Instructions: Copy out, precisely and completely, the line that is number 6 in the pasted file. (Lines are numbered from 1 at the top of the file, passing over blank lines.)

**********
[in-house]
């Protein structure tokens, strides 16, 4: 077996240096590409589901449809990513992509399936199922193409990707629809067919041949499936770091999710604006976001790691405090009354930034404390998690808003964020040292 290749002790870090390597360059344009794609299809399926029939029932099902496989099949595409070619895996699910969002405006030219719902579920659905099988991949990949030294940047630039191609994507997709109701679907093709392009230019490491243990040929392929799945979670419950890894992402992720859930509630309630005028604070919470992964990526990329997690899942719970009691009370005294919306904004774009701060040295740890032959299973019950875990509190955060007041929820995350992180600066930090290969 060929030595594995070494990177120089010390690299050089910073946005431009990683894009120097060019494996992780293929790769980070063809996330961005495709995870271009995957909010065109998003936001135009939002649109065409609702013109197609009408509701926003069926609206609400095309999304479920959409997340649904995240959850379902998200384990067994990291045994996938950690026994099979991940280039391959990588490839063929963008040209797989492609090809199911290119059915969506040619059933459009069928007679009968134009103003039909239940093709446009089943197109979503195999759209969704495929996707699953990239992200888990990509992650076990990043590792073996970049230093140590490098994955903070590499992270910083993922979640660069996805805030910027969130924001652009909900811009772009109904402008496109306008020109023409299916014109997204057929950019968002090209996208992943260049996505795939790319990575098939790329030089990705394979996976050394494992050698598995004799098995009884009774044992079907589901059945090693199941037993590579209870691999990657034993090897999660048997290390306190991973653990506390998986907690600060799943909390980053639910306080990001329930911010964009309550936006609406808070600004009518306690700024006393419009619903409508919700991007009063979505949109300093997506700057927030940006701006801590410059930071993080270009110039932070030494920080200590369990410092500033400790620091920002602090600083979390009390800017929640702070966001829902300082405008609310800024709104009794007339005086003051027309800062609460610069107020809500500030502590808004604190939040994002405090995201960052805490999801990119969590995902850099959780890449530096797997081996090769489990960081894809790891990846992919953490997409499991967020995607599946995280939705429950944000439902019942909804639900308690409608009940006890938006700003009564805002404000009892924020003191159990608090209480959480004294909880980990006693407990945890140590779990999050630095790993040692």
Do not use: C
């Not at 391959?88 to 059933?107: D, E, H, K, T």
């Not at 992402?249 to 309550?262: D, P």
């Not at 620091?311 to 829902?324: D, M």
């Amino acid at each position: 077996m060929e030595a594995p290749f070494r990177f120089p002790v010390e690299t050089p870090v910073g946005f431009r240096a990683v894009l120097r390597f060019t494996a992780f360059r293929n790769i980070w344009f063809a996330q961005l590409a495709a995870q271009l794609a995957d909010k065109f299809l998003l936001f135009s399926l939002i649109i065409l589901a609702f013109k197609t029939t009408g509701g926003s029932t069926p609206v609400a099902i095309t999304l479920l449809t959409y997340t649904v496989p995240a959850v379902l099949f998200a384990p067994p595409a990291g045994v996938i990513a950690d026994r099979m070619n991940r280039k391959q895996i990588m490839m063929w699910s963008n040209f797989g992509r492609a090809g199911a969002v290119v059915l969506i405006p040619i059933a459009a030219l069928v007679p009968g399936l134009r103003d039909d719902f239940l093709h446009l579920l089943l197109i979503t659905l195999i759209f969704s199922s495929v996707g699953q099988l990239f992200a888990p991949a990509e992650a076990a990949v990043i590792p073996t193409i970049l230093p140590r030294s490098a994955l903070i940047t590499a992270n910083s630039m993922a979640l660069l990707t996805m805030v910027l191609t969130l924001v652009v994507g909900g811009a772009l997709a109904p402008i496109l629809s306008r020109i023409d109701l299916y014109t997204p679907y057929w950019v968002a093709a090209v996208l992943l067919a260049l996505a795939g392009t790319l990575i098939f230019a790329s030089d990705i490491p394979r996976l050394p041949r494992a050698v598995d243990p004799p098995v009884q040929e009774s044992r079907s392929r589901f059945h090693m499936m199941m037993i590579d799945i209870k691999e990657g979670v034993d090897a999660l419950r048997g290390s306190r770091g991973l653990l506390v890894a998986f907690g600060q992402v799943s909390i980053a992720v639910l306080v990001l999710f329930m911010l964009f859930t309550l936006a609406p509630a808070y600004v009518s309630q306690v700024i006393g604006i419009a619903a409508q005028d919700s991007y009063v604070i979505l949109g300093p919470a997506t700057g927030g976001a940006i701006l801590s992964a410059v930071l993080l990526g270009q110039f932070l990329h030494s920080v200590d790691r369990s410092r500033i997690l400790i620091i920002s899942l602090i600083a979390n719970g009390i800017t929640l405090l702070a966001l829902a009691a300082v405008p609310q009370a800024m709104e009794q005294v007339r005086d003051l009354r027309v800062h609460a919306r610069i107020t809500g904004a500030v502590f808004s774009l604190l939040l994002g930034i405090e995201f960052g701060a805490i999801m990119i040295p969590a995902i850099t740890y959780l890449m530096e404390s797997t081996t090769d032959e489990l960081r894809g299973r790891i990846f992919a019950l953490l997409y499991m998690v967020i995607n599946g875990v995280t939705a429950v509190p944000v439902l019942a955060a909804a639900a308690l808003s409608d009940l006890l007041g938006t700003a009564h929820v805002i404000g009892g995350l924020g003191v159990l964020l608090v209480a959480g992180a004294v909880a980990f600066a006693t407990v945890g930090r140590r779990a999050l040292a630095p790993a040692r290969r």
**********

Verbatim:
């Not at 620091?311 to 829902?324: D, M």